More courtroom fun with PwC
Last summer, PwC spent a few weeks in court defending itself in a $5.5 billion lawsuit brought by the bankruptcy trustee of Taylor Bean & Whitaker Mortgage Corp. For a mega audit firm to go to court over the failure of one its clients was quite a rare and exciting event, but then, just when things were starting to get interesting, the firm settled for an undisclosed sum.
Six months later, PwC is back in court again, this time facing a $3 billion suit brought by the trustee of MF Global, the brokerage firm that went bankrupt in 2011. Things were just about to get rolling but the Financial Times reports that the parties have agreed to a slight delay:
Jury selection for a trial in New York was scheduled to begin next week, but on Monday US District Court judge Victor Marrero allowed a three-week delay for mediation. Neither side said it was prepared to give ground.
Oh, this is fun. PwC is represented by King & Spaulding, the same firm that defended them in the TBW case. The plaintiff’s team is led by Dan Fetterman of Kasowitz, Benson, Torres & Friedman but also features Steven Thomas, who has won several settlements against many of the largest firms.
PwC seems to be between a very big rock and a very hard place. After settling for a large sum to end the TBW lawsuit, it can’t feel good to facing another “existential threat” like this. Settling seems like a bad option; I can’t imagine the plaintiffs being too forgiving when the 2nd largest accounting firm in the world is on its heels. Trial is a terrible option, too; what if they lose? Oh, and don’t forget that there’s a third billion dollar lawsuit out there. It doesn’t seem likely that all of this litigation could bring down a firm…but what if it does?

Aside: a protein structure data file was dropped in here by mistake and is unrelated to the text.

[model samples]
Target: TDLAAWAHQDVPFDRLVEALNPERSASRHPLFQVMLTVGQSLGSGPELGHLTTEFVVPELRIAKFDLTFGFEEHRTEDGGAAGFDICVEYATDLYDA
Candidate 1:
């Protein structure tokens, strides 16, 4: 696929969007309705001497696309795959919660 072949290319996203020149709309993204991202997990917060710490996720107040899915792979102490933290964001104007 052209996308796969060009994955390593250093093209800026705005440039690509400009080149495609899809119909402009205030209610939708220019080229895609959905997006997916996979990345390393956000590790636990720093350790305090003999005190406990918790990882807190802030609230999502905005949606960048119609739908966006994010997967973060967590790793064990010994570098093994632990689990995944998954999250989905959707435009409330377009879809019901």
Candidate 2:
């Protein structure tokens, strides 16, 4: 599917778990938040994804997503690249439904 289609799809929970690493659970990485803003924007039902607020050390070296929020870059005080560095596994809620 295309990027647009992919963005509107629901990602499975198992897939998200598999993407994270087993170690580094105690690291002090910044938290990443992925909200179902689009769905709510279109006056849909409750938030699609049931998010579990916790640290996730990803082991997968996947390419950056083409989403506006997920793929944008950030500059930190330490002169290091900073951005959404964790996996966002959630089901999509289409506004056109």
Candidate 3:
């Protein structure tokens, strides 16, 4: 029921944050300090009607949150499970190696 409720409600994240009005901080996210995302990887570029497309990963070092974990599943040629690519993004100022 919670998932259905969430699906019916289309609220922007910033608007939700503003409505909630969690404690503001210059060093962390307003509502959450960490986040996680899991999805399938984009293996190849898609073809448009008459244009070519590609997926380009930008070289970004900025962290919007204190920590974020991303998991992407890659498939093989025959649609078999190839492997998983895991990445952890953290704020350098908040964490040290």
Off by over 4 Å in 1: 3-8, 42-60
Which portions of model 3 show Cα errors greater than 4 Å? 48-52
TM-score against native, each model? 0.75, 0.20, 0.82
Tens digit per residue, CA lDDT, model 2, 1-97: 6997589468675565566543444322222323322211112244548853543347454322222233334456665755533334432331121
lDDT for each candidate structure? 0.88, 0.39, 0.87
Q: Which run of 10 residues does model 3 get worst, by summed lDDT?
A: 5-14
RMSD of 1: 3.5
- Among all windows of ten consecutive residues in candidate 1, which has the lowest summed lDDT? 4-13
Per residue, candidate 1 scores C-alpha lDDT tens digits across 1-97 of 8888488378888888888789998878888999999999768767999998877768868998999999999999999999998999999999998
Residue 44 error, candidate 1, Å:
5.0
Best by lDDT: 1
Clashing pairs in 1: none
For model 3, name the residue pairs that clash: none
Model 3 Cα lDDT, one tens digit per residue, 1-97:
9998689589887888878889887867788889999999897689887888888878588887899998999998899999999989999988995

Skeptics of climate change claim that the science isn’t settled, that somehow there’s some further research and debate to be had while Greenland falls apart into the sea. So if scientific consensus doesn’t convince them, would the results from a bunch of bean counters help?
Accounting Today reports on a Institute of Management Accountants survey that “65 percent of the respondents polled believe global warming is having a significant impact on the environment,” and, “a quarter of them are seeing a negative impact on the bottom line.” The IMA VP of research, Raef Lawson, points out that this isn’t a bunch of pinkos trying to push a tree-hugging agenda, these are “hard-nosed financial accounting professionals”:
That was one of the motivations for this survey. It was to see whether this idea of global warming was just some liberal fantasy or whether it was a reality, and 72 percent of the survey respondents said global warming is affecting their company. They’re implementing various initiatives to address global warming. It wasn’t motivated by regulation. It was motivated by the impact that global warming is having on the bottom line.
Honestly, if accountants have to save this planet from turning into a volcanic, thermonuclear hellscape, I’m fine with it. We’ll never hear the end of it, though.
Previously, on Going Concern…
I noted that the AICPA has Gen Z (and their short attention spans) on their radar.
Adrienne Gonzalez wrote about President Trump choosing EY’s Mark Weinberger to advise him on women in the workplace.
In other news:
- EBay Finds ‘Material Weakness’ in Controls Over Accounting for Tax
- EY has a Tucson office again.
- Companies Plow Ahead With Moves to Mexico, Despite Trump’s Pressure
- U.S. court blocks Anthem-Cigna merger, dealing blow to consolidation
- America’s Top Fortune Cookie Writer Is Quitting Because of Writer’s Block
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